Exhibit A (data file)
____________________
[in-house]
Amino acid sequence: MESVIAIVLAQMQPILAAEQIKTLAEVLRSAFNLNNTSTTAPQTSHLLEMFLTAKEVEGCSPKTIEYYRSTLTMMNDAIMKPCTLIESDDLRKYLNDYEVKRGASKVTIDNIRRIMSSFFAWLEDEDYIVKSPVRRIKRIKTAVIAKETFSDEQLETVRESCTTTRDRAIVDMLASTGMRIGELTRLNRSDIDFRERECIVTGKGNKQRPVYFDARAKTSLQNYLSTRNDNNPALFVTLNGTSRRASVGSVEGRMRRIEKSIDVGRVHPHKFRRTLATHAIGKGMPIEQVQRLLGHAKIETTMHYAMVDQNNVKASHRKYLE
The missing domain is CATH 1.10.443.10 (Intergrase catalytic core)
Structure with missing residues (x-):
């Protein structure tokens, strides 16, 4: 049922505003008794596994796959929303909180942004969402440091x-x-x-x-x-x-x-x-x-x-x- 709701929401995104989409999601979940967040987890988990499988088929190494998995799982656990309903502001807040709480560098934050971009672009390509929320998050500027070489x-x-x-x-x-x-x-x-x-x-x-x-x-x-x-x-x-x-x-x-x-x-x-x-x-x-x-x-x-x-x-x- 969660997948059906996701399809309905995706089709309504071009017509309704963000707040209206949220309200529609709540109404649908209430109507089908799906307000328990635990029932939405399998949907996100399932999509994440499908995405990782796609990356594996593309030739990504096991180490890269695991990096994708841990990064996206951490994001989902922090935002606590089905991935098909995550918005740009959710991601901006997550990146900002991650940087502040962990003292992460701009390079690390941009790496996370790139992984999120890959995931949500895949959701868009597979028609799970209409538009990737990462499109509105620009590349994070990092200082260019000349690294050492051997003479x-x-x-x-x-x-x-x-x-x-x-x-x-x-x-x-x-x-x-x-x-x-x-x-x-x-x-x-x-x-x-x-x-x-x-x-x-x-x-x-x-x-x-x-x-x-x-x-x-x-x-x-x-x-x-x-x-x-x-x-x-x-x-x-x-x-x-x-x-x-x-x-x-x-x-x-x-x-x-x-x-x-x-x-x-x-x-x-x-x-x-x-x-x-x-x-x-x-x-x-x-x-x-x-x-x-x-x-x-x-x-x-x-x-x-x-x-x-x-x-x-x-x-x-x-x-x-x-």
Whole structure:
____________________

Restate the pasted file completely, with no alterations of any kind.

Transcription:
[in-house]
Amino acid sequence: MESVIAIVLAQMQPILAAEQIKTLAEVLRSAFNLNNTSTTAPQTSHLLEMFLTAKEVEGCSPKTIEYYRSTLTMMNDAIMKPCTLIESDDLRKYLNDYEVKRGASKVTIDNIRRIMSSFFAWLEDEDYIVKSPVRRIKRIKTAVIAKETFSDEQLETVRESCTTTRDRAIVDMLASTGMRIGELTRLNRSDIDFRERECIVTGKGNKQRPVYFDARAKTSLQNYLSTRNDNNPALFVTLNGTSRRASVGSVEGRMRRIEKSIDVGRVHPHKFRRTLATHAIGKGMPIEQVQRLLGHAKIETTMHYAMVDQNNVKASHRKYLE
The missing domain is CATH 1.10.443.10 (Intergrase catalytic core)
Structure with missing residues (x-):
């Protein structure tokens, strides 16, 4: 049922505003008794596994796959929303909180942004969402440091x-x-x-x-x-x-x-x-x-x-x- 709701929401995104989409999601979940967040987890988990499988088929190494998995799982656990309903502001807040709480560098934050971009672009390509929320998050500027070489x-x-x-x-x-x-x-x-x-x-x-x-x-x-x-x-x-x-x-x-x-x-x-x-x-x-x-x-x-x-x-x- 969660997948059906996701399809309905995706089709309504071009017509309704963000707040209206949220309200529609709540109404649908209430109507089908799906307000328990635990029932939405399998949907996100399932999509994440499908995405990782796609990356594996593309030739990504096991180490890269695991990096994708841990990064996206951490994001989902922090935002606590089905991935098909995550918005740009959710991601901006997550990146900002991650940087502040962990003292992460701009390079690390941009790496996370790139992984999120890959995931949500895949959701868009597979028609799970209409538009990737990462499109509105620009590349994070990092200082260019000349690294050492051997003479x-x-x-x-x-x-x-x-x-x-x-x-x-x-x-x-x-x-x-x-x-x-x-x-x-x-x-x-x-x-x-x-x-x-x-x-x-x-x-x-x-x-x-x-x-x-x-x-x-x-x-x-x-x-x-x-x-x-x-x-x-x-x-x-x-x-x-x-x-x-x-x-x-x-x-x-x-x-x-x-x-x-x-x-x-x-x-x-x-x-x-x-x-x-x-x-x-x-x-x-x-x-x-x-x-x-x-x-x-x-x-x-x-x-x-x-x-x-x-x-x-x-x-x-x-x-x-x-």
Whole structure: